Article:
Viet Thanh Nguyen is a critically acclaimed author and an accomplished academic. Yet despite his awards, fellowships, and other accolades, Nguyen has never lost sight of where he started: as a refugee fleeing the terrors of war. Born in Ban Mê Thuột, 1971, at the height of the Vietnam War, Nguyen would experience conflict and chaos from a young age. At age four, Viet and his ten-year old brother were led by their mother on a 184 km journey by foot to Saigon in the hopes of reuniting with their father. It was not long after they arrived in Saigon that North Vietnamese armed forces took control of the city, forcing families who had any affiliation with the United States - like Nguyen’s - to evacuate in fear of their lives. From there, Viet and his family escaped to the US, where they settled in Fort Indiantown Gap. Nguyen recalls that his earliest childhood memories were of the refugee camp, and the day he was torn from his own family and given to a white-sponsor family.
Despite these initial hardships, Viet Tanh Nguyen would go on to excel in the world of academia. Nguyen graduated from the University of California, Berkeley, with degrees in English and Ethnic Studies in 1992, before receiving his PhD in 1997. Nguyen’s shift to fictional literature would earn him similar levels of success. His novel, The Sympathizer, was met with critical acclaim, winning the 2016 Pulitzer Prize for Fiction. The novel outlines the experiences of a North Vietnamese Spy in the South Vietnamese military, and serves as a satirical portrayal of espionage and conflict during the Vietnam War. Nguyen has often drawn on his experience as a refugee in subsequent novels, such as The Refugees, which is a collection of short-stories depicting the lives of asylum-seekers in both California and Vietnam. In addition to fictional works, Nguyen also worked as an editor on a collection of essays titled The Displaced: Refugee Writers on Refugee Lives which highlights the experiences of other refugee authors.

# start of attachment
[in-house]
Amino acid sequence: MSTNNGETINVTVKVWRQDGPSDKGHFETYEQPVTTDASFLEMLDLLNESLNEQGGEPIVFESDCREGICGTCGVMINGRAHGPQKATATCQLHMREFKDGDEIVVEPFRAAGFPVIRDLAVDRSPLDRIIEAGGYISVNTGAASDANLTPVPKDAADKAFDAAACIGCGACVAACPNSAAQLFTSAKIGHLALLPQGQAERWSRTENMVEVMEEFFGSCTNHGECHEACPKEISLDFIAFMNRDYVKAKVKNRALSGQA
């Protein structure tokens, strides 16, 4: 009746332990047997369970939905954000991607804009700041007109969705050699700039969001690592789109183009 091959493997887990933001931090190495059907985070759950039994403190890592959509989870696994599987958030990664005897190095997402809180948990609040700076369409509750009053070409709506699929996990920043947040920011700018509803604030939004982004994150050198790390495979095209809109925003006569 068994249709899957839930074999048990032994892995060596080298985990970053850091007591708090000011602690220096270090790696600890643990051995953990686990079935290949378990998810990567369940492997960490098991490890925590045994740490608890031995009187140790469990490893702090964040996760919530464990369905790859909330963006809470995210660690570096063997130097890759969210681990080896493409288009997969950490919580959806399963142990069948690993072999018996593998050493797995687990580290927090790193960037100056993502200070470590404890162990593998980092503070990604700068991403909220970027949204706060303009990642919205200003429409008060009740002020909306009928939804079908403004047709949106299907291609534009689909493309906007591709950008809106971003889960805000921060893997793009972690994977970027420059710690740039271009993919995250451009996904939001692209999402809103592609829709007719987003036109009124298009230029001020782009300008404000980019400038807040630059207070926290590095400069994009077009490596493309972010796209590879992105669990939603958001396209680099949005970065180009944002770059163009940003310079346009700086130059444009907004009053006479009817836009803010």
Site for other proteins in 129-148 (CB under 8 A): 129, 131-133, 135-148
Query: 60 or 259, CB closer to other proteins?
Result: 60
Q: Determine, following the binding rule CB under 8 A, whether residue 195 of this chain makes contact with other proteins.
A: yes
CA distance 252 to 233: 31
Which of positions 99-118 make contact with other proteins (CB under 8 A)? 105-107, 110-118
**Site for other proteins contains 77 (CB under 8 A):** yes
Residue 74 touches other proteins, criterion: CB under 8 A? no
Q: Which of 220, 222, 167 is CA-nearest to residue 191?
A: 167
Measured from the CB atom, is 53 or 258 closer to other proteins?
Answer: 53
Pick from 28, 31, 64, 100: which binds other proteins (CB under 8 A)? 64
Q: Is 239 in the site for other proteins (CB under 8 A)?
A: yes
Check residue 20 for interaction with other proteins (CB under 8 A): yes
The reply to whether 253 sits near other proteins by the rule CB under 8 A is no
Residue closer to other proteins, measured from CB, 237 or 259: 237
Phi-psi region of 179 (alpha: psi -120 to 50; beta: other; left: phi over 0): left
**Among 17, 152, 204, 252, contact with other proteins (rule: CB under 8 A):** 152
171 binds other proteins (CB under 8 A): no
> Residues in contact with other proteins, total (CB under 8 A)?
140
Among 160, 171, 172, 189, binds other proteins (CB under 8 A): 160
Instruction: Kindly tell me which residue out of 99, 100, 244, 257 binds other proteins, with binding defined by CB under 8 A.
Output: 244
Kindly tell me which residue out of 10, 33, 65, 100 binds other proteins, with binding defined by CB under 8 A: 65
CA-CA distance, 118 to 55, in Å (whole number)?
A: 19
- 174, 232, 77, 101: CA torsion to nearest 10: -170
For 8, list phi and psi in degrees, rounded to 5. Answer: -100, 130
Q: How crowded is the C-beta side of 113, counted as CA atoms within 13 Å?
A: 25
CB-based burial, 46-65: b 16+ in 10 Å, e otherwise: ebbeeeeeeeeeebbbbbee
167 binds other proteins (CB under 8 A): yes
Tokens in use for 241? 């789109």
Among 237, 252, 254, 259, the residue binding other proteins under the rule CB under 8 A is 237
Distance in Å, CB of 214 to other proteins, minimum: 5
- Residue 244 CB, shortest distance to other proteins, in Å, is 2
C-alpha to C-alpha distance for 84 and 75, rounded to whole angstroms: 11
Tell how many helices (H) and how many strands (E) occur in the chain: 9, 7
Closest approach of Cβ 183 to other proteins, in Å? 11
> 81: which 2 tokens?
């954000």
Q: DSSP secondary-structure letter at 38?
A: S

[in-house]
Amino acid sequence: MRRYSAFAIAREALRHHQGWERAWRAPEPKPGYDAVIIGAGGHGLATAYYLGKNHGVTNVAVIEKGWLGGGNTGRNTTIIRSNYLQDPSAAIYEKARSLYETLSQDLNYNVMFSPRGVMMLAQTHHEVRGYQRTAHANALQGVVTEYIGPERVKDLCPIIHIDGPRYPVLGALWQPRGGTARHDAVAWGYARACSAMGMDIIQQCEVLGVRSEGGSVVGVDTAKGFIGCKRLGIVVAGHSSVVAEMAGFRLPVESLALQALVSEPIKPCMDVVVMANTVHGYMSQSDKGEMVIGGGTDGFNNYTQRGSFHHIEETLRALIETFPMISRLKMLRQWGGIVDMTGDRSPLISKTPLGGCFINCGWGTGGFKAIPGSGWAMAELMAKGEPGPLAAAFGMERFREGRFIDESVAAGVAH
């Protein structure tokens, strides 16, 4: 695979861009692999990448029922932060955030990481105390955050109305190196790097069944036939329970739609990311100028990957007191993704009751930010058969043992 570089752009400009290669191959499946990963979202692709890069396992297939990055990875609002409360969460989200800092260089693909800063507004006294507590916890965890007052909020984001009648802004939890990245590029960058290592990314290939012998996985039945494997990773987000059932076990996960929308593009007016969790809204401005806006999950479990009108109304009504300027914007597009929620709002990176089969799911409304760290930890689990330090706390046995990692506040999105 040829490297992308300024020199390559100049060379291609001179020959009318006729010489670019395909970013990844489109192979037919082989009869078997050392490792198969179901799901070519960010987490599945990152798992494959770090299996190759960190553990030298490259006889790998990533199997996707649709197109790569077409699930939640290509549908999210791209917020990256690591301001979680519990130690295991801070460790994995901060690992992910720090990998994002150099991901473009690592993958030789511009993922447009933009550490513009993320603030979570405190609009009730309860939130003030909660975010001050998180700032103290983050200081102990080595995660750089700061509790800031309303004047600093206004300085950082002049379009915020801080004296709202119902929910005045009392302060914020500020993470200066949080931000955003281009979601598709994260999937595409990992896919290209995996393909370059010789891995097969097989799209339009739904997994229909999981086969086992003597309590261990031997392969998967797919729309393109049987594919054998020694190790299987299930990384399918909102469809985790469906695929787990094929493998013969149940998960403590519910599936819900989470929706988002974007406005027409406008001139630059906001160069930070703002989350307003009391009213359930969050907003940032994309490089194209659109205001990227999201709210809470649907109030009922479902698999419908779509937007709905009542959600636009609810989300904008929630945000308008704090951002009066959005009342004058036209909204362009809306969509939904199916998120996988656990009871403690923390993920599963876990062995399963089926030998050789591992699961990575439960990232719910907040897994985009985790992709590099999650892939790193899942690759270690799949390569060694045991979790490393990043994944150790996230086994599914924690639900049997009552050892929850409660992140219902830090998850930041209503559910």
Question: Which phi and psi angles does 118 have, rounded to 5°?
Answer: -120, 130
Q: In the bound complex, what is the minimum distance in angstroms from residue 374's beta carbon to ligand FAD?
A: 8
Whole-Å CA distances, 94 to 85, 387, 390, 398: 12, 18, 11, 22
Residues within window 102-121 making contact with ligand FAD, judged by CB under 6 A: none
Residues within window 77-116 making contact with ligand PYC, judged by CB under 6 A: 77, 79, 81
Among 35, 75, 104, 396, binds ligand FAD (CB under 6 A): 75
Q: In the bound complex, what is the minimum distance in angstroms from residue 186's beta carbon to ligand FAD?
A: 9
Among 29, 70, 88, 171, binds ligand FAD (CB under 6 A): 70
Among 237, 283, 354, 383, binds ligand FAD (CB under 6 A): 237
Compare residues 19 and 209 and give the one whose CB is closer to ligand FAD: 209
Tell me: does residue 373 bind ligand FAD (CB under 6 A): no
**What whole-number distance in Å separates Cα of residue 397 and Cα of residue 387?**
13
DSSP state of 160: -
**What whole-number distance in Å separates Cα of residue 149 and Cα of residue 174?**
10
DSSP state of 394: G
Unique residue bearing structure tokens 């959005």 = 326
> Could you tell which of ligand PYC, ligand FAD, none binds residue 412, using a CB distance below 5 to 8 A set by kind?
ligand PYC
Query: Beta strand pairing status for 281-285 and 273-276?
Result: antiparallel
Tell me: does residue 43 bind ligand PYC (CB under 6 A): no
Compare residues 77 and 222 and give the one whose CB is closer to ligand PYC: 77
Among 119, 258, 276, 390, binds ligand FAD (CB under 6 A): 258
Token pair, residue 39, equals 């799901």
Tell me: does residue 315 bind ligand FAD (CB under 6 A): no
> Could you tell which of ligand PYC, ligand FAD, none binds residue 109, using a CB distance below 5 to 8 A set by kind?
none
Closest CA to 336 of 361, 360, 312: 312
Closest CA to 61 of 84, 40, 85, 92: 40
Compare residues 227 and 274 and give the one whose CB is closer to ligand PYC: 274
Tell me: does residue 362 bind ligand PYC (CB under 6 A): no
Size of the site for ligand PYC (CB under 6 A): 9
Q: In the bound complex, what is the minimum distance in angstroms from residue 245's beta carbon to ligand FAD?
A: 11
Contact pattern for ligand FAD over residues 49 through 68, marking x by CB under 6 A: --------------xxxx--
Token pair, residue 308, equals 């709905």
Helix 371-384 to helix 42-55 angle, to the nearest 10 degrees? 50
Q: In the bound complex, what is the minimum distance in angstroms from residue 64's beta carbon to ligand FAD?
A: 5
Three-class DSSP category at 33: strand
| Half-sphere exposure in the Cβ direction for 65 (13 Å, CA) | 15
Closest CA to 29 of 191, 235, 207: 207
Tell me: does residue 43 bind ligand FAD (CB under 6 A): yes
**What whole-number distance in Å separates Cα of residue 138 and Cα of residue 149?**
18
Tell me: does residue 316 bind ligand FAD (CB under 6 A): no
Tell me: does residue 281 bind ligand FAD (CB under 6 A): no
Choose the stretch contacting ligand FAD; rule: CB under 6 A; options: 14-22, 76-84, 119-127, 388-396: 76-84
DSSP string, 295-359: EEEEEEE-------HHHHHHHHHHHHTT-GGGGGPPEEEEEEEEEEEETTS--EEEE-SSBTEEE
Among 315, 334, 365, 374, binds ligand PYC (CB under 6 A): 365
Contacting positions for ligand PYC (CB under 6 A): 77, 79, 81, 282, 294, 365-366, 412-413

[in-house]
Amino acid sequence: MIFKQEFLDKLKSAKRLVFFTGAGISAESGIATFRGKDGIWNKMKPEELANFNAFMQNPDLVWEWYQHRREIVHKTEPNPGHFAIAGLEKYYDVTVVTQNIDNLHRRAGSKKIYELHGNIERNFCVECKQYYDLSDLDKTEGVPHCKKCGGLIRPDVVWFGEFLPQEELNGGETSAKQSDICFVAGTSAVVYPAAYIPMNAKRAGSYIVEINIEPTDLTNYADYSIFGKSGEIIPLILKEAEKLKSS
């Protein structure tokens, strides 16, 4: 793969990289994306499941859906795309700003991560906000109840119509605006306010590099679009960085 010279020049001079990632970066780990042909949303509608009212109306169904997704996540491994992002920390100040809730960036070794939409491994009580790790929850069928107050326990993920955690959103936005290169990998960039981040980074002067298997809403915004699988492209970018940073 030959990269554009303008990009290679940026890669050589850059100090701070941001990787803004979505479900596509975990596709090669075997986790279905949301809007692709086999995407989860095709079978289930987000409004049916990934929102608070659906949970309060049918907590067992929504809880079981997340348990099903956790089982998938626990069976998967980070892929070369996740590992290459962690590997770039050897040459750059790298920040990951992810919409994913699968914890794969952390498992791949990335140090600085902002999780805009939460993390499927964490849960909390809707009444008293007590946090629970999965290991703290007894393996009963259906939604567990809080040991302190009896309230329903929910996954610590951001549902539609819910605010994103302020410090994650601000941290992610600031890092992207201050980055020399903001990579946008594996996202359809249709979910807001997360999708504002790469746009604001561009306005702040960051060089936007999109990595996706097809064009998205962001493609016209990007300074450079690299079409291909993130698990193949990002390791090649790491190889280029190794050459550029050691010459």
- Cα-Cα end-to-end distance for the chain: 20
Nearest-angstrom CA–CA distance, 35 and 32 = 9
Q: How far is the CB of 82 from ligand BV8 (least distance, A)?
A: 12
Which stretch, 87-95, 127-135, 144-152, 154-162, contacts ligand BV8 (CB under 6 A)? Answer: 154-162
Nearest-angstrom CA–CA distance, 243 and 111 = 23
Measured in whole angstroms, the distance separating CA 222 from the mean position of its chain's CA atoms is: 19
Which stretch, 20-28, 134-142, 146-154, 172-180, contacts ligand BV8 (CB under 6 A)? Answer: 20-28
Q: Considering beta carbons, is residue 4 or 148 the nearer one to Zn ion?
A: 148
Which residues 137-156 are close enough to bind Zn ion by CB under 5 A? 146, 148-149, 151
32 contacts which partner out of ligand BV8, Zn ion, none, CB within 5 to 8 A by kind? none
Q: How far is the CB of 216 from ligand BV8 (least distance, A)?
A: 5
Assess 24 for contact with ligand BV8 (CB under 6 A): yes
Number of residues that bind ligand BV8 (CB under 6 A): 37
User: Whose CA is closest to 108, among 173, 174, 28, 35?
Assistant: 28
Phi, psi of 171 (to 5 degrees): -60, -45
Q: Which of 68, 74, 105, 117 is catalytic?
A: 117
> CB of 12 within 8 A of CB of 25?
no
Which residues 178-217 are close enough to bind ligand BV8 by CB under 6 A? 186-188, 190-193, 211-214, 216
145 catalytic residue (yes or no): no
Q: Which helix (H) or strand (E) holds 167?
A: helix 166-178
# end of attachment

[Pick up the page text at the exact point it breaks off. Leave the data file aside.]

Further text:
Nguyen recognises the hardships his family has endured as well as their success in assimilating in the US, despite the stigma of being refugees. Yet, the author also remains aware that for many brown and black refugees, such levels of assimilation are rarely so attainable in the US, due to the lack of opportunities provided to them in comparison with their lighter-skinned counterparts. Nguyen has been vocal on issues pertaining to racial injustice and its impact on migrant communities within the US, whilst also refusing to drop his own title as a refugee. It is clear that, for Viet Thanh Nguyen, being a refugee is not just a circumstance; but a distinct identity, and a responsibility to others.